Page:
Monday, May 7, 2012

Free software; free society

I was lucky enough to catch this interview between RadioNZ's Katherine Ryan and Enrique Penalosa, Colombian politician, and former mayor of Bogota responsible for major changes to the city's transport infrastructure, including a bike paths network and the TranMilenio mass transit system. The thing that struck me most about the interview was how deeply his views on transit issues were grounded in a very clear vision of what democracy is. He says in the interview that transport is as much an issue of democracy as anything: the person riding a $300 bicycle should never feel that they are less important to the city (or the nation) as the person driving the $30,000 car. It's a great point and it got me thinking a lot.

It struck me that there is a lot of crossover between what Penalosa believes and what people like RMS believe when it comes to software: no person should feel less important than another because of the way they use technology. Access to education is seen as a human right in most countries, and I would argue that access to digital tools is equally important, if not essential for democracy to thrive. If the software required to educate, innovate, communicate, empower and transform are solely the preserve of those who can afford them, then I think we have a serious problem ahead of us, and it's a problem that goes well beyond technology. It's a problem, not just of widening gaps between the haves and the have nots, it's a problem that strikes at the democratic belief that all people are equal. The larger the inequality, the larger the underclass (the 'digitally poor'), the less we can say we truly believe in the ideal of equality for all.

On a practical level, there are two sides to the problem of access: hardware and software. It's no good having software if you have no computer to run it on, and vice versa. But if the local public library or a friend with a computer can solve the issue of hardware, that only leaves software. How do we make available to all citizens the tools to create, innovate, investigate, research, convince and communicate? Well, it's difficult with proprietary tools. Let's imagine that you are without a computer, but you want to learn more about a particular topic or (even better) build something that demonstrates your understanding of that topic. If a friend loans you their laptop so you can use the proprietary software installed on it, they have most likely breached their software licence agreement. They've definitely breached it if they want to continue to use software themselves. You and your friend are in a tricky situation: your software licence agreements are standing in the way of your friendship.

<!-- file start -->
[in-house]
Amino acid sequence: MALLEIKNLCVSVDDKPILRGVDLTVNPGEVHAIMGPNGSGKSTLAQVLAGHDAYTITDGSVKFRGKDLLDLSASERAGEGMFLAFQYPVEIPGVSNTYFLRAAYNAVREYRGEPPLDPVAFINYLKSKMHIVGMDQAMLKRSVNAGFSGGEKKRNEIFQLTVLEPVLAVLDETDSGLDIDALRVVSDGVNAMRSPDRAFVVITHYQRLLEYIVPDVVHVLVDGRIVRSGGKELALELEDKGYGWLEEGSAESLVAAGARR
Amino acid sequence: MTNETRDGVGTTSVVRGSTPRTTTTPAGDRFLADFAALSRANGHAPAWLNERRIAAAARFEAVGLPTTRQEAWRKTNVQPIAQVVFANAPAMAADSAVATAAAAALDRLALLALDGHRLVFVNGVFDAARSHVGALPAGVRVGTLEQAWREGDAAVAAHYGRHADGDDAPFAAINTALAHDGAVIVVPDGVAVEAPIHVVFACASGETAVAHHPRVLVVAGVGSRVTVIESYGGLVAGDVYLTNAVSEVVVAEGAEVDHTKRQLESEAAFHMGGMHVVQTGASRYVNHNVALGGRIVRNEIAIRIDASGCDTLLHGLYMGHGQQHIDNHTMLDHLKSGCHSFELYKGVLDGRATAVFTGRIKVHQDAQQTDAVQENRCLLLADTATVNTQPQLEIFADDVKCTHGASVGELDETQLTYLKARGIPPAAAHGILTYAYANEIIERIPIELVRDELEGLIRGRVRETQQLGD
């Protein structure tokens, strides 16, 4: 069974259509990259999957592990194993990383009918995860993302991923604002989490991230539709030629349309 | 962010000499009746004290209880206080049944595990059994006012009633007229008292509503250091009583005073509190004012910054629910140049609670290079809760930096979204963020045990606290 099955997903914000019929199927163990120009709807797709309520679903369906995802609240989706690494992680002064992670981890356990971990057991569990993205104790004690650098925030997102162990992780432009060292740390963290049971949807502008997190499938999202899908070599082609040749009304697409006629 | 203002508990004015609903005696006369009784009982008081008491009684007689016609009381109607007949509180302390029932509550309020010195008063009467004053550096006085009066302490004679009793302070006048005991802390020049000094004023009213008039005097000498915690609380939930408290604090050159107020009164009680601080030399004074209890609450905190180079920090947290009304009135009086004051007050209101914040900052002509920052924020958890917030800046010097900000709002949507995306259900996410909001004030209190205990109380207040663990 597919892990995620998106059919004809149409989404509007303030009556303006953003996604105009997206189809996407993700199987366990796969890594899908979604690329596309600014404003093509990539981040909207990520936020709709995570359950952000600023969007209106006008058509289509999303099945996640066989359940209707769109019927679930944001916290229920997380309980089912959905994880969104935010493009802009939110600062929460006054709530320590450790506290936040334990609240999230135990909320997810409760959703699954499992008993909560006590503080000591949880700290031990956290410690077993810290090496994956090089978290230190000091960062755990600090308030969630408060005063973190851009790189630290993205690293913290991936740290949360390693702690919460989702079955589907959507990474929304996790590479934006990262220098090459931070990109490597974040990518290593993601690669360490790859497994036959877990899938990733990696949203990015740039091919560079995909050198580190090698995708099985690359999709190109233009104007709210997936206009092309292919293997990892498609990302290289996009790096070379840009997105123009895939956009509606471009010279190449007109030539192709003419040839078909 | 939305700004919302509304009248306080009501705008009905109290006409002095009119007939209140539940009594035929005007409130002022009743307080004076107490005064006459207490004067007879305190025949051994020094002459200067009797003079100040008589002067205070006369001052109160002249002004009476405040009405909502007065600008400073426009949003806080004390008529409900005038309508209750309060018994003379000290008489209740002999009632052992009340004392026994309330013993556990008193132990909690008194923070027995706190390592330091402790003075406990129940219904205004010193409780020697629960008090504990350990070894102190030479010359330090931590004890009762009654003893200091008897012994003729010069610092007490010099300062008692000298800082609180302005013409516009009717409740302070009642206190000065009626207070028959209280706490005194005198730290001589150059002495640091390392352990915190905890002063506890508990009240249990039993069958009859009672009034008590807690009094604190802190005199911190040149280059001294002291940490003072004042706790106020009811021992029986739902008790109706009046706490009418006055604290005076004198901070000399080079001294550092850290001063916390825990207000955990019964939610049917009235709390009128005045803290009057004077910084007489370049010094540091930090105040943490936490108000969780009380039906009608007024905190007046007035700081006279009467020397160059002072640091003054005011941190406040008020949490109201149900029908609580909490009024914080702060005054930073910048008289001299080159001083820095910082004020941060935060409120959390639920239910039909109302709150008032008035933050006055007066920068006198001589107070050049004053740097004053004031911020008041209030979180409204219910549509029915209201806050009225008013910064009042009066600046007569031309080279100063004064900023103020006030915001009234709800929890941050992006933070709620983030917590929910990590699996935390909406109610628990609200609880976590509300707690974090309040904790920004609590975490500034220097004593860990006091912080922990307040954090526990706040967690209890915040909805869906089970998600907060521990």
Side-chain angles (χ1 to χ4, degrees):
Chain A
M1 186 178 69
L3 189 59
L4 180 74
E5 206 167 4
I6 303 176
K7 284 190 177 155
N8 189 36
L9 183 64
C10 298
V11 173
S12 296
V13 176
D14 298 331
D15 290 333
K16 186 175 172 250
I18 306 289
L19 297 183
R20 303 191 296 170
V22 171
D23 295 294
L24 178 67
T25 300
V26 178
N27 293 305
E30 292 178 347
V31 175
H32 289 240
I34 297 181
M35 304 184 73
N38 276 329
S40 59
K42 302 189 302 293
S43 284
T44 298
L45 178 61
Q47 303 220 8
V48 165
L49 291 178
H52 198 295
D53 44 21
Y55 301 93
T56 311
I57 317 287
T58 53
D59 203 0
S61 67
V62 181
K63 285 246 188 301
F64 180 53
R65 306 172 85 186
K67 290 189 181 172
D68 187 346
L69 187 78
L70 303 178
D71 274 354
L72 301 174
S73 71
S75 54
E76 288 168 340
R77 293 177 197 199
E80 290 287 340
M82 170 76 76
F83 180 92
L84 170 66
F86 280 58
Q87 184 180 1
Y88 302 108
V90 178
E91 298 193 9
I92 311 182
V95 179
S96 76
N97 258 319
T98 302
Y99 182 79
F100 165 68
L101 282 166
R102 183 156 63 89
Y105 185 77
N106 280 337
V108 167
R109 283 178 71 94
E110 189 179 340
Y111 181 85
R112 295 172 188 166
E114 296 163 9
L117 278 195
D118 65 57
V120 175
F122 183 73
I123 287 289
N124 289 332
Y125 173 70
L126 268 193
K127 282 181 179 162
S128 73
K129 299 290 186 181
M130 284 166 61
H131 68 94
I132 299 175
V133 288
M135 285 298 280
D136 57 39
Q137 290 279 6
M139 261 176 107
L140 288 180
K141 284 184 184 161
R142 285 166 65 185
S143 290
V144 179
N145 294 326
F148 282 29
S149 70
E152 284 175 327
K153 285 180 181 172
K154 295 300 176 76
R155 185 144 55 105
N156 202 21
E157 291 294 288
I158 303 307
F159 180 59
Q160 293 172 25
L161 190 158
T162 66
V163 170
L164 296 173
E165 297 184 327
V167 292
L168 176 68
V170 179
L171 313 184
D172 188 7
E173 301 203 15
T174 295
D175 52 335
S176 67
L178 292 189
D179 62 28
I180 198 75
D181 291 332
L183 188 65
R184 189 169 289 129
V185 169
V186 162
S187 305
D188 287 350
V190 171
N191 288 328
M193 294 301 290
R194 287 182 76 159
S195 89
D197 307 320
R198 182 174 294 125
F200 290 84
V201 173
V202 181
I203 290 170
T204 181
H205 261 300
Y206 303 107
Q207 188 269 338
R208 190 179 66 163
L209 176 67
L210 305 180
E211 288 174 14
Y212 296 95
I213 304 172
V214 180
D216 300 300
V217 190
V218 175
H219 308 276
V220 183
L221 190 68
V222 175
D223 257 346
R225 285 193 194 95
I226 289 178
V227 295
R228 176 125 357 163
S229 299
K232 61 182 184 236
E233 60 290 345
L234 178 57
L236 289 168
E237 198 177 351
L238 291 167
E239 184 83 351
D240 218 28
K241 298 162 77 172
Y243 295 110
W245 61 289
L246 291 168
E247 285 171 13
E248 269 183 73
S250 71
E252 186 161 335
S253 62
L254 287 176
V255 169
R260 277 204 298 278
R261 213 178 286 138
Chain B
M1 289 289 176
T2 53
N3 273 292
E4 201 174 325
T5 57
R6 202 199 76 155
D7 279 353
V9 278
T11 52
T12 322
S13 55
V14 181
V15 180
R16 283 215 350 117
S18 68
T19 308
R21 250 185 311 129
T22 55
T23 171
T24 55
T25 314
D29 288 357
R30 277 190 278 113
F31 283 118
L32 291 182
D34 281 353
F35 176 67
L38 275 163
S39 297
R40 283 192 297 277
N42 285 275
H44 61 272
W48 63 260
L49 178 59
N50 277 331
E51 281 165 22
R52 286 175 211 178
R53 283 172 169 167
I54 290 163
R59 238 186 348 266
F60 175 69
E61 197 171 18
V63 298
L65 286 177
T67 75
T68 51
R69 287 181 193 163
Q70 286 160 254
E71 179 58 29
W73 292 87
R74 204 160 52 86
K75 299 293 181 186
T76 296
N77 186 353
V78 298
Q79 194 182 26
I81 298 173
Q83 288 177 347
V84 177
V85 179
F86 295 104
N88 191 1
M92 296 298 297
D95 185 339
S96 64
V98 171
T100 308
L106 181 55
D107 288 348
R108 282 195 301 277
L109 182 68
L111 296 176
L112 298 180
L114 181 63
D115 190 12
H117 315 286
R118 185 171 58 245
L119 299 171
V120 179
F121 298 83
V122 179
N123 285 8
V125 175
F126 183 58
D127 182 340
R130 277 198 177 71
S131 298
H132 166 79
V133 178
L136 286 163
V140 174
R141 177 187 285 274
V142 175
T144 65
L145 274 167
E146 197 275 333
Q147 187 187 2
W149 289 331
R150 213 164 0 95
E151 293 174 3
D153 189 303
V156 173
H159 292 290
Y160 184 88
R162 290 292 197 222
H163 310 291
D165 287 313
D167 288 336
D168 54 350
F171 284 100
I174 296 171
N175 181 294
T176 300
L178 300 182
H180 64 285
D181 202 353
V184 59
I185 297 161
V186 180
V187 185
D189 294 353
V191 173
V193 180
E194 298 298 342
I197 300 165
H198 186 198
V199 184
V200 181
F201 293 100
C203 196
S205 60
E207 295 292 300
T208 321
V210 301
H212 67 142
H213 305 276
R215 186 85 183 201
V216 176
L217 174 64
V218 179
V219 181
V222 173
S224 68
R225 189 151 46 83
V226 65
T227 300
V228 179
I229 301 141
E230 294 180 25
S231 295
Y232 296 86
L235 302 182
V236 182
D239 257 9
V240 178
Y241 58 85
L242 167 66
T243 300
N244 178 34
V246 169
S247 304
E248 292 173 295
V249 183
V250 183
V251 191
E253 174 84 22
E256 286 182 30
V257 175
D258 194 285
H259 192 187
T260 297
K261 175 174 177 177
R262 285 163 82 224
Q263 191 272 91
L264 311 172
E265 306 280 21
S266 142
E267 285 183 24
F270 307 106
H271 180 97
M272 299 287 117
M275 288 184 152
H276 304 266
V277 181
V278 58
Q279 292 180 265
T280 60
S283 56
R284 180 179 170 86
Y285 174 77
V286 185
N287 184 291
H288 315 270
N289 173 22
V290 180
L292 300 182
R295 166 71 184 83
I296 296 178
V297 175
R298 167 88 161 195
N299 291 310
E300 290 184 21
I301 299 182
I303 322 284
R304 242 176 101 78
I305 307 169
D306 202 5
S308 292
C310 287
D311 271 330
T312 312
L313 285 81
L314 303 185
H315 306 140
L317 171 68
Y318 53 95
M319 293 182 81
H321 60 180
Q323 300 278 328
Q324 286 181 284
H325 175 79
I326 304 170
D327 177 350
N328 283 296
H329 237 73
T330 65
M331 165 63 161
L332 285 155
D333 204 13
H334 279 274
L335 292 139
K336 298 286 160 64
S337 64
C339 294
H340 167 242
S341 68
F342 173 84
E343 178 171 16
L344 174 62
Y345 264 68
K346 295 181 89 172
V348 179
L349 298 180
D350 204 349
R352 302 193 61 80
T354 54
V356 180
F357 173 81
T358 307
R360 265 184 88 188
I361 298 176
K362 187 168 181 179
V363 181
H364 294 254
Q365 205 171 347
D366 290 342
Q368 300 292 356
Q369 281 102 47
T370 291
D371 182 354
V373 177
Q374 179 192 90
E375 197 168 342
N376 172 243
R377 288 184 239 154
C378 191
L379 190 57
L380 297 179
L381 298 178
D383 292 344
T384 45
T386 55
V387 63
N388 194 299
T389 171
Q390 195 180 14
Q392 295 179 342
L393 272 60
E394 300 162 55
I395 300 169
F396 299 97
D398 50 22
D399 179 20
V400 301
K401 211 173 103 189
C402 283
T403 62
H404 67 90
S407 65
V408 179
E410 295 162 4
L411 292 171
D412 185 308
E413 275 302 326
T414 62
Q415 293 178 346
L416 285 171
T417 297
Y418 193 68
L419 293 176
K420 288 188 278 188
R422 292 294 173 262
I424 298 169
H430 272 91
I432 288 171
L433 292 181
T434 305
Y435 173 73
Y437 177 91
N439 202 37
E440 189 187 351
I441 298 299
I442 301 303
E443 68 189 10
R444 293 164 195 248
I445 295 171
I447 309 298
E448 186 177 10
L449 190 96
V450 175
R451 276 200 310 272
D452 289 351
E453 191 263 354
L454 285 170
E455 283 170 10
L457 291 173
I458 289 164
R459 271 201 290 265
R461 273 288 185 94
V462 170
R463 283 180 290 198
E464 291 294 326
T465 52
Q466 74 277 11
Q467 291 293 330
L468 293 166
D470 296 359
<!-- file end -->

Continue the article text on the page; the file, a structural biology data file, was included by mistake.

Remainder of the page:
There is an alternative of course, and it's one that readers of this blog will be familiar with: free software. Users of free software are never constrained by licence agreements that restrict their ability to share that software, in fact they are empowered by the GPL to share. Free software is one of the great democratising powers in our society: it means that everyone, no matter who they are, where they come from or what their financial means, can participate in our society and contribute in a way that is unique to them. It's something I deeply believe in.

Here's RMS performing the software freedom song. I include it here for no reason other than I love it.

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